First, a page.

If you are fortunate enough to build a new home in the woods take a look at Hardy Plank for siding and steel roofing.
The siding while expensive is very close to fire proof and I think the new siding imitates wood.It does eat saw blades.
A hand pump for the well gives us piece of mind if the power is out. Our is a SIMPLE PUMP and it has never failed.
I think the company is in Gardnerville Nv.
I just started my new retirement job very near our BOL. Staying in the cabin for the time being. Plan is to build a house in the spring. Then DW will move out and we’ll sell the place in town. Without the mortgage she won’t have to work. My retirement job should be pretty secure for a long time. It just accidentally happened 5 years earlier than I had planned. But I’m ready and going to make it happen.
16 years and the vision changed from on the lake fun 2nd home to small homestead on a river. We discovered the desired location and spent every single vacation here observing, learning, meeting people, thinking. Most 10 hour drives back home were a free exchange of our ideas. Closed almost 3 months ago. Busy but feeling very blessed. Got big city house sold just in time. Able to pay cash. I have the same part time remote job I’ve been working for several years. DH retired. Penciled no jobs and 4% inflation. So I will keep working for awhile longer. All our friends here are older. Hoping to make some more like minded friends of similar age or younger. We share labor and tools and experience.
You make a very good point in the article about “thinking how it could be”. I believe that visualization with the conscious mind triggers the subconscious. I have used this technique for years as an engineer to solve complex, sometimes seemingly unsolvable problems. The power of the subconscious mind is amazing, yet most people don’t utilize it. If you can actively visualize something, your subconscious works out many of the hidden details so you can make those dreams reality.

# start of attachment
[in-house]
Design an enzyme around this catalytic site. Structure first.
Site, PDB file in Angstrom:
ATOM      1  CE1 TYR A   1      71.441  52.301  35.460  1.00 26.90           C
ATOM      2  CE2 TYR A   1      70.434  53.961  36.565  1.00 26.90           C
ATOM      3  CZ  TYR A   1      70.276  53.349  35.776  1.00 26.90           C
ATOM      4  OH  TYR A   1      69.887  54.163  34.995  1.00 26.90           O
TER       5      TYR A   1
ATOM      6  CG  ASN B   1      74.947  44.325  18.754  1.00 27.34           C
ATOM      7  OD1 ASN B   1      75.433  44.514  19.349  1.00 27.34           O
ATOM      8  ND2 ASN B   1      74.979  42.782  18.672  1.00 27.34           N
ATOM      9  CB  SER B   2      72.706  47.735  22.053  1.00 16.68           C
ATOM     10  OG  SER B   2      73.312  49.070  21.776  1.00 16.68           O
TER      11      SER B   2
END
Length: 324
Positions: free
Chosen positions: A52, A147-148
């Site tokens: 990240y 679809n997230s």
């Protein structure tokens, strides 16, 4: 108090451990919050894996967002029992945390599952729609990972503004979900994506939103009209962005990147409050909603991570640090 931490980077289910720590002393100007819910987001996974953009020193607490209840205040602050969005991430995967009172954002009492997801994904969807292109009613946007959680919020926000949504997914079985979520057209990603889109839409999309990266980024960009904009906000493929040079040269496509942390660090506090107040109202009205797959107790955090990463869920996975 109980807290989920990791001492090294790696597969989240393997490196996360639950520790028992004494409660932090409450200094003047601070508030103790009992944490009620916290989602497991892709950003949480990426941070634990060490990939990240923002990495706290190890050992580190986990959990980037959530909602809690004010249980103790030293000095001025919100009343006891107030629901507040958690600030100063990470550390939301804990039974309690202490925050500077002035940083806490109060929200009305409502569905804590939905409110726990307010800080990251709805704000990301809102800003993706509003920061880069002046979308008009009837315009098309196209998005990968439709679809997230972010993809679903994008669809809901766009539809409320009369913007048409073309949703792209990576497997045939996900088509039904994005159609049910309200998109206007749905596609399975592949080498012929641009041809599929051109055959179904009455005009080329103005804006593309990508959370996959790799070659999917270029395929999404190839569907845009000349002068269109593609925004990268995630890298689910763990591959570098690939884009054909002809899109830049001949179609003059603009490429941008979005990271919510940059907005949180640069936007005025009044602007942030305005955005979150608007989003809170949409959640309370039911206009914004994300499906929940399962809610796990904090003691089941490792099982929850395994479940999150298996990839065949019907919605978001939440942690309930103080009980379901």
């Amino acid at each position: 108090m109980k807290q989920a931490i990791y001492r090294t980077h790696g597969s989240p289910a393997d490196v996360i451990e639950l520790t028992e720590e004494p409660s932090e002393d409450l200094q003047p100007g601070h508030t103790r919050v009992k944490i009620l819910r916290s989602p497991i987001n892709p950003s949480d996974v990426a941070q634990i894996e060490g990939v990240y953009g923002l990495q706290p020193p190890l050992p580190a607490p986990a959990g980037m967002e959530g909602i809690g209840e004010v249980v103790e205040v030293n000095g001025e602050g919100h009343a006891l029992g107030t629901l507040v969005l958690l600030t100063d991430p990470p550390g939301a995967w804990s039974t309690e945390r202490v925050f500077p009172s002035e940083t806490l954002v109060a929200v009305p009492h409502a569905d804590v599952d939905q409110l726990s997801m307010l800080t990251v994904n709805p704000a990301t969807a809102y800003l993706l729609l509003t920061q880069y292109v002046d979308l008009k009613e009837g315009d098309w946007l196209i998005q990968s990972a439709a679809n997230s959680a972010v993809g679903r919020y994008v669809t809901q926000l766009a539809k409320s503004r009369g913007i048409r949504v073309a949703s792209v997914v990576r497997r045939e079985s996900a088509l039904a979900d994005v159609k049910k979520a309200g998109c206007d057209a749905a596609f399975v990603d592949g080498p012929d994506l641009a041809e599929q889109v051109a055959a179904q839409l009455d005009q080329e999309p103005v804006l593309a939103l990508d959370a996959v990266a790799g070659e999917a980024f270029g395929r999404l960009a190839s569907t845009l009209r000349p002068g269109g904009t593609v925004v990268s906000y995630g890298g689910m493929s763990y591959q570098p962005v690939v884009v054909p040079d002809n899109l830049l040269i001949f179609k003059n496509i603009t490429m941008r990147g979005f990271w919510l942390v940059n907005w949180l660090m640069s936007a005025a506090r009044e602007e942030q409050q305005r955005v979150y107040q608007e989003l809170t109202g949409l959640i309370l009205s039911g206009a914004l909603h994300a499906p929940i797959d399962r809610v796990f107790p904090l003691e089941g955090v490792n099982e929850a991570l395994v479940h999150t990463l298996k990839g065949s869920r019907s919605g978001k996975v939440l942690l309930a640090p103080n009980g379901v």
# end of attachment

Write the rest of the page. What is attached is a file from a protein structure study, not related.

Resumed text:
Funny, this place was a barren field when we bought it 14 years ago. Now it looks just like I visualized it would become.😉
definitely a great technique. When we sold our mountain in 2019 to move closer to services, I outlined a very specific set of needs. then framed that picture with dollars available and fortune smiled on us and brought the whole to reality. Yes, the timing was just right….but planning played a large part…and visualizing the NEEDS, then wants really put it in perspective.
DH and I are young old people. yes, have to have a few reparations now and then, (like my shoulder), but I WILL NOT give up. I keep telling folks I still have 30 years of retirement ahead of me…and I plan on making at least 20 of those!
Did the ‘Bug Out’ years ago, moving down from New England.
Bought swampland really cheap, slowly improved it over the years, and now have a very nice set-up.
Now, land all around here is very expensive. I beat the rush !